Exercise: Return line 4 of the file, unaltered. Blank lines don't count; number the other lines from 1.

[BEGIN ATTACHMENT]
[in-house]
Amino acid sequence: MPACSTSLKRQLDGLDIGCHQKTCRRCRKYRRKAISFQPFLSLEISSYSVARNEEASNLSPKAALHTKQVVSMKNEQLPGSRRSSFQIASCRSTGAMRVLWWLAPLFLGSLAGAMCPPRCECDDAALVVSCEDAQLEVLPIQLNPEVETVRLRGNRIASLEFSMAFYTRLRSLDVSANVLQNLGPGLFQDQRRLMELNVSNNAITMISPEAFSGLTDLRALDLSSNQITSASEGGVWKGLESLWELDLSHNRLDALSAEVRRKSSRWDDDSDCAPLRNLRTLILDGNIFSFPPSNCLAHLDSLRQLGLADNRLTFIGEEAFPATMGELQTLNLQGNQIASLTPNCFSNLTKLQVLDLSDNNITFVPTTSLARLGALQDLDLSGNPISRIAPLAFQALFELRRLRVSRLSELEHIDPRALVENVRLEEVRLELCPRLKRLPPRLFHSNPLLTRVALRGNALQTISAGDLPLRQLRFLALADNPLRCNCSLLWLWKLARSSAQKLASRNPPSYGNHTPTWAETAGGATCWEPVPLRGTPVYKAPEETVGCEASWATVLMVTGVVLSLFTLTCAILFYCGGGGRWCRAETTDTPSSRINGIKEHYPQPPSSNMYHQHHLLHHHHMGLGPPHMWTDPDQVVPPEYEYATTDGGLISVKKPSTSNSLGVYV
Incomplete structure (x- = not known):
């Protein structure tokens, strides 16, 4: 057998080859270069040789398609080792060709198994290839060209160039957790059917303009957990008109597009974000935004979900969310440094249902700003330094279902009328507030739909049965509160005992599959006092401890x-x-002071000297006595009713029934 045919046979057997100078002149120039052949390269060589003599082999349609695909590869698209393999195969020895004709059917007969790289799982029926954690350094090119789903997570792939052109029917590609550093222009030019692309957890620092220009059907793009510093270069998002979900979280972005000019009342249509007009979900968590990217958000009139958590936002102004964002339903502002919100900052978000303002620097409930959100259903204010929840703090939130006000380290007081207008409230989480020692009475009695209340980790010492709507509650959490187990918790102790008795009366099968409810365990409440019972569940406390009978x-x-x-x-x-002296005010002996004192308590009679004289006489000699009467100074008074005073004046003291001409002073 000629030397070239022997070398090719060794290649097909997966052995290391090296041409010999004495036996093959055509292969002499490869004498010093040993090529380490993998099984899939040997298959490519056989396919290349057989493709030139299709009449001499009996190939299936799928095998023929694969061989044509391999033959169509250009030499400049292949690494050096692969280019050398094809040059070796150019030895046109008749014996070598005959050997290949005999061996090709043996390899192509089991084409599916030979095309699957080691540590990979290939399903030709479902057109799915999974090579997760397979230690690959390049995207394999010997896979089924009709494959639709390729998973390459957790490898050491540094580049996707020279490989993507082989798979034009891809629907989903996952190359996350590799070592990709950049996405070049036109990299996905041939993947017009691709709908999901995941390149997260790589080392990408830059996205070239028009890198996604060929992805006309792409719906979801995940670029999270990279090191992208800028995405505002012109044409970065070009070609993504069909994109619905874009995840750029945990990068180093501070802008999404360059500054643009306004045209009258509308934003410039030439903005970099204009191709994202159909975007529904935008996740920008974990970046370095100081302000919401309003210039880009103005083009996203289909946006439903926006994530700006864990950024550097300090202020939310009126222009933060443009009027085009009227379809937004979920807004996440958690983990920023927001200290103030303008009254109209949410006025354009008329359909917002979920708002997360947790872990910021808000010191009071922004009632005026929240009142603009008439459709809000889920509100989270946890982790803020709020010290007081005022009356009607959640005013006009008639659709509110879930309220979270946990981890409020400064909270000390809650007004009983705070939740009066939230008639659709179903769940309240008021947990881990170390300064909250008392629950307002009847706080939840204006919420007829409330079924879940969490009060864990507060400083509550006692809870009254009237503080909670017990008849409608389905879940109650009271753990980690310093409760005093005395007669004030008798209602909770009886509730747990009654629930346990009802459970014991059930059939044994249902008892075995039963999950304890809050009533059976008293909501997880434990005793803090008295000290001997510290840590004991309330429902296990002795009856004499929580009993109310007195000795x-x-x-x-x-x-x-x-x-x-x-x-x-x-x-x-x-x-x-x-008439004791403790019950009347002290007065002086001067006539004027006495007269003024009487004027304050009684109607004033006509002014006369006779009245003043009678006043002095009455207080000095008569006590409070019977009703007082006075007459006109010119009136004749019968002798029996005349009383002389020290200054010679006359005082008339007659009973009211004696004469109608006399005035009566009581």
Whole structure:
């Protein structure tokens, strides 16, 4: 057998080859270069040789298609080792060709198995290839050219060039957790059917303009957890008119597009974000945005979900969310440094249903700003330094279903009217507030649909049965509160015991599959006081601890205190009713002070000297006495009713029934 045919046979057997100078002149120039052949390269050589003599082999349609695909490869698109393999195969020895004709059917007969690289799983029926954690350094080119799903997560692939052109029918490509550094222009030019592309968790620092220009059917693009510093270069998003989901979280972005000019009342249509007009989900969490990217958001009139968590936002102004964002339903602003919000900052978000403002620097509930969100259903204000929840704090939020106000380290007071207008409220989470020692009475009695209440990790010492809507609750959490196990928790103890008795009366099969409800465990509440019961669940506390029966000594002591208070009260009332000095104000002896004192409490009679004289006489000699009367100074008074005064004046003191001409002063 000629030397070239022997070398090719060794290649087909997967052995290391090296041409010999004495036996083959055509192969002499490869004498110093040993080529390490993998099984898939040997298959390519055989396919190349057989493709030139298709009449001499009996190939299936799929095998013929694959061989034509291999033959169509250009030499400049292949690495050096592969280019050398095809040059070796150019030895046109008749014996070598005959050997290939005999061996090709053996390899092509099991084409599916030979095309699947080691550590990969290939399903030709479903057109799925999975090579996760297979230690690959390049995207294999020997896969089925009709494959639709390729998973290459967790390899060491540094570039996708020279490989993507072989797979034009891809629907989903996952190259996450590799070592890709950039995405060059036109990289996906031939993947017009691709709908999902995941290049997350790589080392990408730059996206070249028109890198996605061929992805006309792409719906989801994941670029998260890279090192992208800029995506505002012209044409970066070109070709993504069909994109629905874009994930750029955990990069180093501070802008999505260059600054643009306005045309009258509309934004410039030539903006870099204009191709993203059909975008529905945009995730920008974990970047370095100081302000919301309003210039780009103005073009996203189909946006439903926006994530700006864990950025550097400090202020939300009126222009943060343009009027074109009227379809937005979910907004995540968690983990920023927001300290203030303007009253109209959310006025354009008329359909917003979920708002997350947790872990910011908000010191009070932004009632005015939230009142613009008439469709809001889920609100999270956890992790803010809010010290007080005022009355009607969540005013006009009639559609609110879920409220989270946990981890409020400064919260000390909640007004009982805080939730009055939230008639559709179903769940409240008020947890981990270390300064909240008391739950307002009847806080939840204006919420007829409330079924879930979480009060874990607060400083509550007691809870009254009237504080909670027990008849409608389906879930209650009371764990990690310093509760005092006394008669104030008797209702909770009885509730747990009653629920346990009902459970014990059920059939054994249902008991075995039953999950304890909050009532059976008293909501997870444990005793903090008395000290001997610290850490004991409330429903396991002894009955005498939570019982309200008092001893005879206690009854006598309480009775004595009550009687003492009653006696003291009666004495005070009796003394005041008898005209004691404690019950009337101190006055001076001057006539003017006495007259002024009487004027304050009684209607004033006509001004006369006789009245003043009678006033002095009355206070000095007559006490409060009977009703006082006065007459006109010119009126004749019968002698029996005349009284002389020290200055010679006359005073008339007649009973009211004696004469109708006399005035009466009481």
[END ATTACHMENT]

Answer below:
């Protein structure tokens, strides 16, 4: 057998080859270069040789398609080792060709198994290839060209160039957790059917303009957990008109597009974000935004979900969310440094249902700003330094279902009328507030739909049965509160005992599959006092401890x-x-002071000297006595009713029934 045919046979057997100078002149120039052949390269060589003599082999349609695909590869698209393999195969020895004709059917007969790289799982029926954690350094090119789903997570792939052109029917590609550093222009030019692309957890620092220009059907793009510093270069998002979900979280972005000019009342249509007009979900968590990217958000009139958590936002102004964002339903502002919100900052978000303002620097409930959100259903204010929840703090939130006000380290007081207008409230989480020692009475009695209340980790010492709507509650959490187990918790102790008795009366099968409810365990409440019972569940406390009978x-x-x-x-x-002296005010002996004192308590009679004289006489000699009467100074008074005073004046003291001409002073 000629030397070239022997070398090719060794290649097909997966052995290391090296041409010999004495036996093959055509292969002499490869004498010093040993090529380490993998099984899939040997298959490519056989396919290349057989493709030139299709009449001499009996190939299936799928095998023929694969061989044509391999033959169509250009030499400049292949690494050096692969280019050398094809040059070796150019030895046109008749014996070598005959050997290949005999061996090709043996390899192509089991084409599916030979095309699957080691540590990979290939399903030709479902057109799915999974090579997760397979230690690959390049995207394999010997896979089924009709494959639709390729998973390459957790490898050491540094580049996707020279490989993507082989798979034009891809629907989903996952190359996350590799070592990709950049996405070049036109990299996905041939993947017009691709709908999901995941390149997260790589080392990408830059996205070239028009890198996604060929992805006309792409719906979801995940670029999270990279090191992208800028995405505002012109044409970065070009070609993504069909994109619905874009995840750029945990990068180093501070802008999404360059500054643009306004045209009258509308934003410039030439903005970099204009191709994202159909975007529904935008996740920008974990970046370095100081302000919401309003210039880009103005083009996203289909946006439903926006994530700006864990950024550097300090202020939310009126222009933060443009009027085009009227379809937004979920807004996440958690983990920023927001200290103030303008009254109209949410006025354009008329359909917002979920708002997360947790872990910021808000010191009071922004009632005026929240009142603009008439459709809000889920509100989270946890982790803020709020010290007081005022009356009607959640005013006009008639659709509110879930309220979270946990981890409020400064909270000390809650007004009983705070939740009066939230008639659709179903769940309240008021947990881990170390300064909250008392629950307002009847706080939840204006919420007829409330079924879940969490009060864990507060400083509550006692809870009254009237503080909670017990008849409608389905879940109650009271753990980690310093409760005093005395007669004030008798209602909770009886509730747990009654629930346990009802459970014991059930059939044994249902008892075995039963999950304890809050009533059976008293909501997880434990005793803090008295000290001997510290840590004991309330429902296990002795009856004499929580009993109310007195000795x-x-x-x-x-x-x-x-x-x-x-x-x-x-x-x-x-x-x-x-008439004791403790019950009347002290007065002086001067006539004027006495007269003024009487004027304050009684109607004033006509002014006369006779009245003043009678006043002095009455207080000095008569006590409070019977009703007082006075007459006109010119009136004749019968002798029996005349009383002389020290200054010679006359005082008339007659009973009211004696004469109608006399005035009566009581």